Instead of revering whatsoever thou hast taught regarding thyself and thy rights; instead of revering what thou hast ordained, regulated, and practised; these Catholics, whose sympathies arc all with thine enemies, would have thee conform thy teachings and conduct with the so-called Progress of the times. The whole world is given to thee as thine inheritance; and yet these insolent children would have thee be content with what they think proper to assign to thee. Thou, the Mother of mankind, must be under their wise care! It is from them thou must, henceforth, learn how best to fulfil thy mission! Godless men, adorers of what they called the rights of man, dared, a century back, to expel thee from political life, which up till then thou hadst kept in harmony with its divine Master. These men have left disciples, who would have thee withdraw from everything that regards the outward world, and look on as a mere stranger. Thou must no longer exercise the rights given thee by the Son of God over both soul and body; this royalty of thine is out of date, and thou must be satisfied to enjoy the liberty which, in virtue of the law of Progress, is granted alike to error and to truth. The wise and powerful ones of this world have dethroned the Vicar of thy Spouse after a thousand years' reign; and instead of resenting such a project with holy indignation, as tending to the destruction of the last bulwark of Christendom—there are many among us who approve of it, and this on principles which are, it is true, in favour with rationalistic politicians, but which are formally condemned by thy teachings, thy acts, nay, by thy very existence. How short-sighted are such Catholics as these, who hope to make thee acceptable to the world by giving thee the semblance of a human institution! The world is too shrewd: it knows thee to be essentially supernatural, and this is what it never can tolerate.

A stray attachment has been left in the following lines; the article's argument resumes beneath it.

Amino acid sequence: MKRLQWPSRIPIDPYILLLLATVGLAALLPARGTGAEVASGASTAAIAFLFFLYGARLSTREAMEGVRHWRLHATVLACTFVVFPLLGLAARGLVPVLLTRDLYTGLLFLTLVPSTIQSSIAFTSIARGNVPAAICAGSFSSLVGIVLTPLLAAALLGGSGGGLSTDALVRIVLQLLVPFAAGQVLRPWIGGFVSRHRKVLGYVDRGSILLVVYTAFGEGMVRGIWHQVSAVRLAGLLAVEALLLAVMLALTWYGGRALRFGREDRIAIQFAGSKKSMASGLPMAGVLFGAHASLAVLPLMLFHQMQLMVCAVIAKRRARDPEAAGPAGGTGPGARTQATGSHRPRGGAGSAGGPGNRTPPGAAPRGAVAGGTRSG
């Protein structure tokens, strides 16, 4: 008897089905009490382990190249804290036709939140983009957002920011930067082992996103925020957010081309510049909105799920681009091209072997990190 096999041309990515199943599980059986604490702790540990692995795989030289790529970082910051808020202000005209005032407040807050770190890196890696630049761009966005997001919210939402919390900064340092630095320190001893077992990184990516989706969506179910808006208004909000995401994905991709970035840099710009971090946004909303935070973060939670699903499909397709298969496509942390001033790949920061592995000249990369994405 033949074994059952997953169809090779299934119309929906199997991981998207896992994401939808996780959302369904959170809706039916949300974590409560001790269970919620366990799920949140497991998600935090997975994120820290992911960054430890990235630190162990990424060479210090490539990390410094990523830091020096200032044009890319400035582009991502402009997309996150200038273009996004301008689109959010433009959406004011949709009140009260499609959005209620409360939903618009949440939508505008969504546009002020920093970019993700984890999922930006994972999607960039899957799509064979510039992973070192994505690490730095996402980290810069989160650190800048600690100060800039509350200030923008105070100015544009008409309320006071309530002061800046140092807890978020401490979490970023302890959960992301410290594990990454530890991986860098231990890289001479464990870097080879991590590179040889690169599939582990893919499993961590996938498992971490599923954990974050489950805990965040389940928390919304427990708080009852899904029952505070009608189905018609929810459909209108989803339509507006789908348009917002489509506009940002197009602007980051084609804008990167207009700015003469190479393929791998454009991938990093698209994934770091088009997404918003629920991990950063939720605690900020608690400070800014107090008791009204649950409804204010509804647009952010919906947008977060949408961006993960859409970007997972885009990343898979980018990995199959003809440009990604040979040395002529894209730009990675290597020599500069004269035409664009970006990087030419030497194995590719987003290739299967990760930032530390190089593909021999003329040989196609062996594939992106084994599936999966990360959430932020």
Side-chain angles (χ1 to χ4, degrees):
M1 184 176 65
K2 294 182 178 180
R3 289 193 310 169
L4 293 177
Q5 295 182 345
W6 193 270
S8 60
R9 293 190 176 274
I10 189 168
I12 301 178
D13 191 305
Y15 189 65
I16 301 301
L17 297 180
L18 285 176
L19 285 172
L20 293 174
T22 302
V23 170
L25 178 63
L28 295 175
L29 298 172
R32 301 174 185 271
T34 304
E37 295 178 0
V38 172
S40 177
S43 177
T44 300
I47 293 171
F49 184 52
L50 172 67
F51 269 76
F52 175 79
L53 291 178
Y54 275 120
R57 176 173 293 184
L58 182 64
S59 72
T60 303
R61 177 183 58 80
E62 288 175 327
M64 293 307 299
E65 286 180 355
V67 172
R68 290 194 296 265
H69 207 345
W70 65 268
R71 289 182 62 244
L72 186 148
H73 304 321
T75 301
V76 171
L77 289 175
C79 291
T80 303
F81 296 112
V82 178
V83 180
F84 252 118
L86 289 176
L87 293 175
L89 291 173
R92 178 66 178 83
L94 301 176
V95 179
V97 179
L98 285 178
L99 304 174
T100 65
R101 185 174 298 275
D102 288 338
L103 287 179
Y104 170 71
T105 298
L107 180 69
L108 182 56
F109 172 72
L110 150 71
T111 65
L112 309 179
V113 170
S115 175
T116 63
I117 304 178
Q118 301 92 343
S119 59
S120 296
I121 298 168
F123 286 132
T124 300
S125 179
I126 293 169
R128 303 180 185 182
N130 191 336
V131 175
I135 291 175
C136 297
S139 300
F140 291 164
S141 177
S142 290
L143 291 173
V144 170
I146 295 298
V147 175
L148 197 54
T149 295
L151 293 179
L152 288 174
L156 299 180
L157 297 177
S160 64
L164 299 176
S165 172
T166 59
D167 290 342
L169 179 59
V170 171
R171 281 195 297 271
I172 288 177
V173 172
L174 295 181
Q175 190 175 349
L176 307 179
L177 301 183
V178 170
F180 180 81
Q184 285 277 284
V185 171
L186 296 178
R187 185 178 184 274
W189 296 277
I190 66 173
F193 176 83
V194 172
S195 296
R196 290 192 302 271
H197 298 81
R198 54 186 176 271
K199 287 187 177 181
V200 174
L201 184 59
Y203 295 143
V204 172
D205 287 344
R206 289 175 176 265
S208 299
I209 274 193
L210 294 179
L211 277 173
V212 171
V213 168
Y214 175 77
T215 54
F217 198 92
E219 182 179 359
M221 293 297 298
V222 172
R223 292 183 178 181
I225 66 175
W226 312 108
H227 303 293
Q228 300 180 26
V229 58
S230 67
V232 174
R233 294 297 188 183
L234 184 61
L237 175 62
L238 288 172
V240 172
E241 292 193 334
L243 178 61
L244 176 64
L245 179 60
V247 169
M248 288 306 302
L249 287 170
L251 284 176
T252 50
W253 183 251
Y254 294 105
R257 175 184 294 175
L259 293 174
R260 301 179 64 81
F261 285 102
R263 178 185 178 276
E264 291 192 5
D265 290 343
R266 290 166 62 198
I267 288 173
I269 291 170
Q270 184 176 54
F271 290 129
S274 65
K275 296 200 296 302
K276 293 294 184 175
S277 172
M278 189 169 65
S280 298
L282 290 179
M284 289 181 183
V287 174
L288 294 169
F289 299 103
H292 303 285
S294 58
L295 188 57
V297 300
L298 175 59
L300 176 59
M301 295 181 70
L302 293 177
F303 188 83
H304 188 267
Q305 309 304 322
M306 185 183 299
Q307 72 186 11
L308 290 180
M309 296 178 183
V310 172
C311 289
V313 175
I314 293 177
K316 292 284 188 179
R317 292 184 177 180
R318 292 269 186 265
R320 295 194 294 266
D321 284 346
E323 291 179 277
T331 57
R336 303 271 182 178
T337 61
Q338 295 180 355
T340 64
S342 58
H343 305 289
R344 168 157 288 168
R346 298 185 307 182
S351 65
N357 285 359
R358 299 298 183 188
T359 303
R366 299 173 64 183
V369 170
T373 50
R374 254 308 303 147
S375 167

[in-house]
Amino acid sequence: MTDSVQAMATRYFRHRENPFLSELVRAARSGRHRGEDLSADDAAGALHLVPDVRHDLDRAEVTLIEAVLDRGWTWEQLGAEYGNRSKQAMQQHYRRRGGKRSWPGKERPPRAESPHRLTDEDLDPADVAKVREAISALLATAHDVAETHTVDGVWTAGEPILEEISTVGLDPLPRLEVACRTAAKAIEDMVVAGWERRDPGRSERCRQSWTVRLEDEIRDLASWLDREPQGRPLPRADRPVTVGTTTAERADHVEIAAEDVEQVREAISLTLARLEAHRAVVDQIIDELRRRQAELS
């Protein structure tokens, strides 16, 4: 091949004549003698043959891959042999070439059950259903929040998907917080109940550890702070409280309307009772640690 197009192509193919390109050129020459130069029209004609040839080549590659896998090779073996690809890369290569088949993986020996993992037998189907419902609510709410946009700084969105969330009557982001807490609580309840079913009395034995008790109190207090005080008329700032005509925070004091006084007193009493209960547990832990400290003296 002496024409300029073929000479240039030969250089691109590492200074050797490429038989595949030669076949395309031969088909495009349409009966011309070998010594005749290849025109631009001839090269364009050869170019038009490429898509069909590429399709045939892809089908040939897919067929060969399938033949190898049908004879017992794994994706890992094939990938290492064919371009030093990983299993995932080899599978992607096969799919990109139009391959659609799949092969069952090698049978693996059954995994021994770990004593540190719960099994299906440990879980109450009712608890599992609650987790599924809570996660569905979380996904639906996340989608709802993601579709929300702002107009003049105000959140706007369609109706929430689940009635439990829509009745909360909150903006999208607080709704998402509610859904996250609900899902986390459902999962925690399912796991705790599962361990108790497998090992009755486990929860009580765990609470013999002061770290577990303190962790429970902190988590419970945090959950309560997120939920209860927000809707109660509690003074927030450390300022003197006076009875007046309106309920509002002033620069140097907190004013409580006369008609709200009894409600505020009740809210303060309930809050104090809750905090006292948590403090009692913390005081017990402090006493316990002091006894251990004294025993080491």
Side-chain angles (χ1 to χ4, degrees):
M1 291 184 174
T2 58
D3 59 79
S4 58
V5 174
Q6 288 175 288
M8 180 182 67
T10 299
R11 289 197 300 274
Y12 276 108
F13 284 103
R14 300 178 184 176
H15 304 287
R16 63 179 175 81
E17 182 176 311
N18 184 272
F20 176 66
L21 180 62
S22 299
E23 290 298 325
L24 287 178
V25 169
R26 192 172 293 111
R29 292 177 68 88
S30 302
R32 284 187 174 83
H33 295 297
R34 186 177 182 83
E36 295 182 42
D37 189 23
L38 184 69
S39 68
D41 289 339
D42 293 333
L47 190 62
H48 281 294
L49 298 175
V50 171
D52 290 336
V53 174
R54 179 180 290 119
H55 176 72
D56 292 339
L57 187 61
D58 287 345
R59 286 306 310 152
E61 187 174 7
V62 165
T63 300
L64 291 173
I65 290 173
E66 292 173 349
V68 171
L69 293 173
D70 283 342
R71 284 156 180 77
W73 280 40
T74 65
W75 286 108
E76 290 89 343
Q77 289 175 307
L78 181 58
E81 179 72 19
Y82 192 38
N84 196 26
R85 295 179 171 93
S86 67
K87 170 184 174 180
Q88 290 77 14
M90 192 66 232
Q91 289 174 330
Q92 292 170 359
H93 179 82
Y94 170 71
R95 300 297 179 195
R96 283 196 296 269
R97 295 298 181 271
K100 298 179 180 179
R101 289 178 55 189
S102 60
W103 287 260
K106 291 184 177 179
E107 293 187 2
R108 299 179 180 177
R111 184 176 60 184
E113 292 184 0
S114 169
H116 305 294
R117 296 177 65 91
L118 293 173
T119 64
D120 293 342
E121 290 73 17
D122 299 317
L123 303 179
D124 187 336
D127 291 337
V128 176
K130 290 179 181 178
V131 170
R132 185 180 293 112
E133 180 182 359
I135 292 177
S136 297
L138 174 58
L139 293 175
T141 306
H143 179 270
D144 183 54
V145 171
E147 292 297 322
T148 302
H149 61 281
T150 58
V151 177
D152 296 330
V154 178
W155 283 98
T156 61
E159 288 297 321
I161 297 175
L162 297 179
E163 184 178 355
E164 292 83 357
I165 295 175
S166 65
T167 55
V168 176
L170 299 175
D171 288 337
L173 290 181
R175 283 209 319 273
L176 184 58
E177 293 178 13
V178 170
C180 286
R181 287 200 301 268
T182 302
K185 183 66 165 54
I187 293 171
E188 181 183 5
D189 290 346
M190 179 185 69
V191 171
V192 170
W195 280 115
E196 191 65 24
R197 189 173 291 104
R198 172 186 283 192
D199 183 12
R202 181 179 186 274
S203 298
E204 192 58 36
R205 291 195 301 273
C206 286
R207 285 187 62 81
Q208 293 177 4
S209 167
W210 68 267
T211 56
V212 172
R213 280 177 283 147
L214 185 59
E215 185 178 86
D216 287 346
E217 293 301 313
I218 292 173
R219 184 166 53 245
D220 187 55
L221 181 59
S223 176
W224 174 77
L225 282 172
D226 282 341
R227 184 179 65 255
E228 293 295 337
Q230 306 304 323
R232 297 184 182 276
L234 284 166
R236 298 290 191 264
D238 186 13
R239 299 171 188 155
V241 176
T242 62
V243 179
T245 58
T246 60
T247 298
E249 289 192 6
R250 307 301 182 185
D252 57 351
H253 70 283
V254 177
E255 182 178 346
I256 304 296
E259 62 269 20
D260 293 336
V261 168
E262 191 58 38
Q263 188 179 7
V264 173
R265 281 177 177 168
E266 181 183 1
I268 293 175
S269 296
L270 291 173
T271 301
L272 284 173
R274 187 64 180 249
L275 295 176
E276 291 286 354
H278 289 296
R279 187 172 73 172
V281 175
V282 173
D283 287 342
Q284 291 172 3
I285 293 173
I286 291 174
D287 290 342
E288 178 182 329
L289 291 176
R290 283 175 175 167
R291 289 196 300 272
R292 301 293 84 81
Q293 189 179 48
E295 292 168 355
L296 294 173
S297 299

Wiser and more Christian by far are they who, detesting such profane theories, have, like devoted Machabees, drawn the sword against thine enemies, O Church of Christ! and even in an age like this, when faith has grown weak, have so well understood their Christian duty as to die in thy defence, and, by so dying, to win the crown of martyrdom. Yes, it is our duty to confess thee: to disguise thee is to belie thee. Thou art one of the articles of our Creed: 'I believe the holy Catholic Church.' Thou hast been known these nineteen hundred years; and shall men now pretend that thou must conform to the world’s capricious views? This cannot be. Jesus made thee be like himself—a sign of contradiction:[3] and as such we must receive thee. We must listen to thy protestations against false principles and practices, and not attempt to remodel thee. Only God has power to give his Church a form other than that he has already given her.

Blessed are they who share thy lot, dear Church of our Redeemer! In these unchristian times thou art unpopular. Thou wast so in ages long gone by, when men could not become thy children save at the risk of being despised. It is the same now, and we are resolved to espouse thy cause. We confess thee to be our mother, inaccessible to the changes of this world. Whether honoured or persecuted, thou continuest thy mission here below. Thus will it be until the time comes when this earth, which was created to be thy kingdom, shall see thee ascend to heaven, and flee from a world which will deserve the severest chastisements of God’s anger, because of its having despised and rejected thee.

In honour of the divine Spouse of our Mother, let us sing this paschal canticle, taken from the ancient Missals of Flanders.


Concinat orbis cunctus
Alleluia, votis, voce solemnia
Celebrando paschalia.

In sumptu tenera
Congaudeat turma,
Sacro fonte nivea,
Spernens Phlegethontis undas.

Nos quoque laxas
Aptemus fibras
Arte musica;
Voce sonora
Prorsus neumata
Voce satis tinnula.

Christus namque mitis hostia
Factus nostra ob remedia,
Crucis tulit robora;

Ut jugis vita
Maneret, subiit lethalia.

Fellis amara
Passus praelibare pocula.

Vulnera satis toleravit dura
Transfixus clavis et lancea.

Sic tolerando, mala gerens nostra,
Descendit ad ima Tartara.

Hostis antiqui confringens arma
Revehit potens ampla ovando trophæa.